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Tottenham commemorate Bill Nicholson on new kit

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Tottenham Hotspur's 2014/15 Premier League new kit pays tribute to the north London club's greatest legend Bill Nicholson as 2014 commemorates the 10th anniversary of his passing.

Nicholson's most famous quote remained Spurs' philosophy: " It is better to fail aiming high than to succeed aiming low. And we of Spurs have set our sights very high, so high in fact that even failure will have in it an echo of glory."

Commemorative new kit

The new Spurs home kit is a traditional white jersey with a navy blue horizontal stripe, which was inspired from one of the club's first football shirt from the 1890s.

The words 'Echo of Glory' taken from Nicholson's quote appears on the shoulders combined with the design of the famous gate that leads up to White Hart Lane, on Bill Nicholson Way.

Yellow flash stripes on the sleeves cuff and collar set off a solid navy blue short.

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The away kit is a black shirt with 11 vertical yellow stripes, on the front, signifying the number of trophies Nicholson won during his reign at White Hart Lane. Yellow taping on the sides match with the black short and socks.

Spurs greatest legend

His philosophy and the valuable human being he was left him managing Spurs from 1958 to 1974, after appearing 314 times as a player.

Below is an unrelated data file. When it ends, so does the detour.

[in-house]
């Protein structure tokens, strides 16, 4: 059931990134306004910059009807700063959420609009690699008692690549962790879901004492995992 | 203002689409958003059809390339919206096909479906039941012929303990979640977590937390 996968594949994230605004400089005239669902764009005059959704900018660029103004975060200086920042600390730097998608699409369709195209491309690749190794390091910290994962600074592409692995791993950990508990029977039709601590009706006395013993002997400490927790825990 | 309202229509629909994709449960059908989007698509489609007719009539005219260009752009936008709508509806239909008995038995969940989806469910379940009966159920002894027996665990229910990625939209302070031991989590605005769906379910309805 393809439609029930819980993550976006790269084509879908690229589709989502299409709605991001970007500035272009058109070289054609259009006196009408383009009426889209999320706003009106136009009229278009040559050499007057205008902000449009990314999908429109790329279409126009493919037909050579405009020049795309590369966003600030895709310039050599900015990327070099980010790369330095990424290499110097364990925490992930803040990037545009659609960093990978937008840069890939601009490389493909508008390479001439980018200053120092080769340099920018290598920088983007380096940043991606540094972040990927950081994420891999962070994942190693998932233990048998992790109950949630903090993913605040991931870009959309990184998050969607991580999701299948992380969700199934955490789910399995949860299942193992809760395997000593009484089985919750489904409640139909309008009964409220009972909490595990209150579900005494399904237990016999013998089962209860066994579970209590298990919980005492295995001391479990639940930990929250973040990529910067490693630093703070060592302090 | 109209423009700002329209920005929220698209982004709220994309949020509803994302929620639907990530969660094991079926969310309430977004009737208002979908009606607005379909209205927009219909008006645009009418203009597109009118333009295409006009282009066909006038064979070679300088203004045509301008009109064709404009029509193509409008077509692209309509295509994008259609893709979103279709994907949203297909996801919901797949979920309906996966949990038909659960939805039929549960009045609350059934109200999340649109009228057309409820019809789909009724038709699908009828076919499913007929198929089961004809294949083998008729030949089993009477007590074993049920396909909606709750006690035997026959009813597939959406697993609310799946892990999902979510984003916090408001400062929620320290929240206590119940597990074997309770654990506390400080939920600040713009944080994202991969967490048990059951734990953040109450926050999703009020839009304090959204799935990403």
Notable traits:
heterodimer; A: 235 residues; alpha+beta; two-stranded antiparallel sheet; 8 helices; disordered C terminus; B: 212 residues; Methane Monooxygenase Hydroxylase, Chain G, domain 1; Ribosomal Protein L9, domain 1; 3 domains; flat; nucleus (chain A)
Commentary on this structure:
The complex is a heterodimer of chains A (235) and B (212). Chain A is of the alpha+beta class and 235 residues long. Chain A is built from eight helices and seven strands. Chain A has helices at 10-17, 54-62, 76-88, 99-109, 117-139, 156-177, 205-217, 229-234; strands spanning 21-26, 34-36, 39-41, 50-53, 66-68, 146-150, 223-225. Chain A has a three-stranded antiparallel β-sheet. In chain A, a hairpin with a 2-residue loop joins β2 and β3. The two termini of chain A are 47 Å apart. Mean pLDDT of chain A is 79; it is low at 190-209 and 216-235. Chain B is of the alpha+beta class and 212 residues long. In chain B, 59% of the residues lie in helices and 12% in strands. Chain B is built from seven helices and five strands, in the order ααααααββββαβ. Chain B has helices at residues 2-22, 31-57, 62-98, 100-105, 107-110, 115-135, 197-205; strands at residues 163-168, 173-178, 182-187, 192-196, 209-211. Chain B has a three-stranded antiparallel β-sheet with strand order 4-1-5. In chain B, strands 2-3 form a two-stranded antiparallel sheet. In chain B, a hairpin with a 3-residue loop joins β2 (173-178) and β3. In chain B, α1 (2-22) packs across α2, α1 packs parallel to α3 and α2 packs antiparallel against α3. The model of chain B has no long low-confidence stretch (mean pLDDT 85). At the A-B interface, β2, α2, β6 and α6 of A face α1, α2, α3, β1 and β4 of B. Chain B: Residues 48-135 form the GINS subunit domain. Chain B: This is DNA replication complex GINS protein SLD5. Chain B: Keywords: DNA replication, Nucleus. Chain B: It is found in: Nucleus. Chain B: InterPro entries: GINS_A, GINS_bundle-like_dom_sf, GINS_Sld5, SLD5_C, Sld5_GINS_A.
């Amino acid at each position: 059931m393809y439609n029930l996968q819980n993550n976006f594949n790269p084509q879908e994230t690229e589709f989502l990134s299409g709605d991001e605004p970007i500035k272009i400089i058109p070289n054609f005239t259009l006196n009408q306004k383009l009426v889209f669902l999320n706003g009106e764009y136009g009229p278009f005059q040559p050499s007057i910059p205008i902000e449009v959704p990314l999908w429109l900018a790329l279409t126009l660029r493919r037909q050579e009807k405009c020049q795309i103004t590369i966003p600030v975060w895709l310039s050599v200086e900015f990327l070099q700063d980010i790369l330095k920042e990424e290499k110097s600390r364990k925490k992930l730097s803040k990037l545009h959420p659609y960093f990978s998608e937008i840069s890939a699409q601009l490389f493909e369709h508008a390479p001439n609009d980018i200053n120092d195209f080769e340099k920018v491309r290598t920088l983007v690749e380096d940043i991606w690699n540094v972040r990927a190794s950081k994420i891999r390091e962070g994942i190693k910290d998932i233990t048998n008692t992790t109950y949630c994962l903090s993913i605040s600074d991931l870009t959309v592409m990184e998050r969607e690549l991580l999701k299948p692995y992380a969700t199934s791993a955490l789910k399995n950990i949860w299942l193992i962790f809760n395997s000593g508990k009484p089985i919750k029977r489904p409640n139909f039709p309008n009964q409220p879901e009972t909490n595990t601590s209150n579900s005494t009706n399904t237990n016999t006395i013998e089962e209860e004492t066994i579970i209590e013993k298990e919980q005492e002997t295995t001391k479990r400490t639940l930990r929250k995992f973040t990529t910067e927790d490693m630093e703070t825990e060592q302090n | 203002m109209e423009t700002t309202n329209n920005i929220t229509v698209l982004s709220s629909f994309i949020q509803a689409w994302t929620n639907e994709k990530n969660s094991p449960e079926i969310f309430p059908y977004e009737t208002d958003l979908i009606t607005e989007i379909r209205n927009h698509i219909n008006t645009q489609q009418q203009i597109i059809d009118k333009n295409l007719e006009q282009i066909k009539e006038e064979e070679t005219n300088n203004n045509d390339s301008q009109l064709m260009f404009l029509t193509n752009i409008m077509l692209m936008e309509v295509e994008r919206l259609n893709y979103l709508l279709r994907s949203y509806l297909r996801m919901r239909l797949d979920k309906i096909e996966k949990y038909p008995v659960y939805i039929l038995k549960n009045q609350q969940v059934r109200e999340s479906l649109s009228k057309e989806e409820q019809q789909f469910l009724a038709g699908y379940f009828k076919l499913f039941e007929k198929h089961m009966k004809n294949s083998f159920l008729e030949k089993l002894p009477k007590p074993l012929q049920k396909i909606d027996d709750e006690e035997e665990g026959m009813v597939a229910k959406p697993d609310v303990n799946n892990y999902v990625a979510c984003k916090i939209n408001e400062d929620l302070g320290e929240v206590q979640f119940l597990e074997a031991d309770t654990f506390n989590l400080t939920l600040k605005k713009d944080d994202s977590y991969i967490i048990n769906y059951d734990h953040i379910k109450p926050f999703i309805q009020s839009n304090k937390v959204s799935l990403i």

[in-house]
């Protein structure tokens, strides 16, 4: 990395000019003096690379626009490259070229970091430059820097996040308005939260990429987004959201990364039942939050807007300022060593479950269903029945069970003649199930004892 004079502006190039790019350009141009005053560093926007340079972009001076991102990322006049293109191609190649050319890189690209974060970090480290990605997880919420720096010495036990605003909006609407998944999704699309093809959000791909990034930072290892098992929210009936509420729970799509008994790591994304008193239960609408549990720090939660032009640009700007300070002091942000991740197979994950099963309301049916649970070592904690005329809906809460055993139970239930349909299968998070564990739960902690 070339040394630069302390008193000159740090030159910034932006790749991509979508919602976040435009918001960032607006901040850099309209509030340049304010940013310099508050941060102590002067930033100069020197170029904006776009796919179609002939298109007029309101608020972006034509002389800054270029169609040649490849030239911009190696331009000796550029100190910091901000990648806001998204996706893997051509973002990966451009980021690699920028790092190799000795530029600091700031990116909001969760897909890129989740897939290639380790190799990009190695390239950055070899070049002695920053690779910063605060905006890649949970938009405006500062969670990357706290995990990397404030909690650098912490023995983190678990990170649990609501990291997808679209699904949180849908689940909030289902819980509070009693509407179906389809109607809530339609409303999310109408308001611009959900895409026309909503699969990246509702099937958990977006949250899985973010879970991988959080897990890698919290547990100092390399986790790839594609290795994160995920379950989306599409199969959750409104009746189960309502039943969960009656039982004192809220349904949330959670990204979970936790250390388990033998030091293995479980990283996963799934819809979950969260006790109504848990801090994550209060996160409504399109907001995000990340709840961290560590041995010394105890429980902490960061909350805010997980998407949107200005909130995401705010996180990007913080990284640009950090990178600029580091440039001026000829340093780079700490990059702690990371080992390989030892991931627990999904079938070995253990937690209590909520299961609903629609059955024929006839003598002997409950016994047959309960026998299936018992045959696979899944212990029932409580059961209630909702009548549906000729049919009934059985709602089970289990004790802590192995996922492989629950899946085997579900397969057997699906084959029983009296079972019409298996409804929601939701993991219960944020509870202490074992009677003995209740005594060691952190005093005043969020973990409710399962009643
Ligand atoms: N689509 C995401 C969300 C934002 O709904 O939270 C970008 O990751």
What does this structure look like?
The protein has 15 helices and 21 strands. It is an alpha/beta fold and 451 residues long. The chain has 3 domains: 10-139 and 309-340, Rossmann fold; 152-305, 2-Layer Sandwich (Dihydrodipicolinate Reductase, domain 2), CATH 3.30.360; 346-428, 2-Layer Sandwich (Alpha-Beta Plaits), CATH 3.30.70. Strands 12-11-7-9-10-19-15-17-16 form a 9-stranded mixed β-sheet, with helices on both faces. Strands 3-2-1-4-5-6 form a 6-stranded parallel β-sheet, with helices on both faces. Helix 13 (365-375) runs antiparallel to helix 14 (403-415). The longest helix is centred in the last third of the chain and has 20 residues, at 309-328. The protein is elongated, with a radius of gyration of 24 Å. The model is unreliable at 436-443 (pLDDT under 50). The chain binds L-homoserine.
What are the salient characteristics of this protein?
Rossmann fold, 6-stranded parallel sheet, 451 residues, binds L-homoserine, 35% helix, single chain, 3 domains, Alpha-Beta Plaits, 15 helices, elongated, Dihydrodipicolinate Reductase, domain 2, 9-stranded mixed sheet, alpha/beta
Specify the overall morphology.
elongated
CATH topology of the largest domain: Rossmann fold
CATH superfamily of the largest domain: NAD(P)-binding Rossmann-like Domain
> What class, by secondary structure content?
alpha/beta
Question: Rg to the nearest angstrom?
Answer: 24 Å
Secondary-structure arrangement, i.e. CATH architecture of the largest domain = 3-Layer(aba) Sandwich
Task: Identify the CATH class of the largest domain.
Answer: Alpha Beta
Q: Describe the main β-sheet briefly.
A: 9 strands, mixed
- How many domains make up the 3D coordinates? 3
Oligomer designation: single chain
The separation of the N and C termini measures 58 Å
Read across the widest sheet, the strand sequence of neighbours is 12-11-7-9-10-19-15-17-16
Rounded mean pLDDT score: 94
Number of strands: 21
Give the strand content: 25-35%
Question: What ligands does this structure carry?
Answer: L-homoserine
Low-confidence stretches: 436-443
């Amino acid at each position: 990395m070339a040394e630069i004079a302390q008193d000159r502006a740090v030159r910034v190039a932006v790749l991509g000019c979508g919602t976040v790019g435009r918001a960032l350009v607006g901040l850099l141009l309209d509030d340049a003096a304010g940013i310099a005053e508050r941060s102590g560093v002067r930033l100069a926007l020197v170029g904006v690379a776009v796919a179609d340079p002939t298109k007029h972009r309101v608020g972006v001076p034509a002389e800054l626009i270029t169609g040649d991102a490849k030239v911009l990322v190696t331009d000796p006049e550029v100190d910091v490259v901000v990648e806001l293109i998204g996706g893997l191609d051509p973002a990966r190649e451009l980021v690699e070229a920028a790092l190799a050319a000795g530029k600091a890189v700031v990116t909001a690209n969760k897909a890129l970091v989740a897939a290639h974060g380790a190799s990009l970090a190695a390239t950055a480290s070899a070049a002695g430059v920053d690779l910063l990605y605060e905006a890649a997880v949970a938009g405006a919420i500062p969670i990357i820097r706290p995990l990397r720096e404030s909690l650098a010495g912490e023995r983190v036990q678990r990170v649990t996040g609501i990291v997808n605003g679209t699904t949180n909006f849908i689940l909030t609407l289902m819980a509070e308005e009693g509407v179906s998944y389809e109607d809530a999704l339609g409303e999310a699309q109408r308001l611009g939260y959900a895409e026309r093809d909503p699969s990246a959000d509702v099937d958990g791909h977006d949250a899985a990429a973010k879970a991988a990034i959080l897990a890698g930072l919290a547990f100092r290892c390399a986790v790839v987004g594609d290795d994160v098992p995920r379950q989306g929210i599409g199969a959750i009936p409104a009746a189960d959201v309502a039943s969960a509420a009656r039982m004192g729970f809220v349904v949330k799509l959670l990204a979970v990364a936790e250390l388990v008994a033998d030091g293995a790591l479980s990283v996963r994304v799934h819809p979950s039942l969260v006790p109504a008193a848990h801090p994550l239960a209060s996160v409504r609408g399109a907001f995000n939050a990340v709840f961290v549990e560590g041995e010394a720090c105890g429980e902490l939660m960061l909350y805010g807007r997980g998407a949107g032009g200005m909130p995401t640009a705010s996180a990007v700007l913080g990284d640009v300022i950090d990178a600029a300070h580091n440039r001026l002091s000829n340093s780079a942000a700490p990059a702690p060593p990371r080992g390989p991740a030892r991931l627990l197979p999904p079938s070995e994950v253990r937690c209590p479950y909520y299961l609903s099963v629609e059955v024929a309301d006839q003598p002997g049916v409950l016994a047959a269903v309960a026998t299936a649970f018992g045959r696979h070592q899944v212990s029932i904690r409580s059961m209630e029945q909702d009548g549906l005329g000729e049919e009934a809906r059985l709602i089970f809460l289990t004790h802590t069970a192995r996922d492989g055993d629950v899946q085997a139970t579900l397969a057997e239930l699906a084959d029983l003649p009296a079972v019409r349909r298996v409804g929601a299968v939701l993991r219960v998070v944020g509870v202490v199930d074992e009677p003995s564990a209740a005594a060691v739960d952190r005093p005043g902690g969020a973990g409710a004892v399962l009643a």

When Nicholson was named successor of former coach Jimmy Anderson in 1958, Tottenham Hotspur were sixth from the bottom of the First division table, but, three years later Spurs became the first English team in the twentieth century to win both the English league - Football League First division in 1961 - and the FA Cup in the same season.

Nicholson’s Spurs went on to win the FA Cup the next year in 1962 and later in 1967.

The North Londoners also found, at the time, the glory to keep their ‘sights very high’ to win other trophies, such as the European Cup winners' Cup in 1963 and the FA Charity Shield in 1961 and 1962.

Nicholson's Spurs continued to win major trophies during the next decade with the Football League Cup in 1971 and 1973, and the UEFA Cup trophy in 1972 brought back home to White Hart Lane.


After his retirement in 1974, Nicholson returned, two years later, to Tottenham as a consultant and still had his eyes on players as he was the one who recommended several Spurs legends, with the like of Graham Roberts, Tony Galvin, Gary Mabbutt and Glenn Hoddle.

The main entrance that leads on White Hart Lane was named Bill Nicholson Way in his honour before he passed away, on October 23, 2004, after a long illness.

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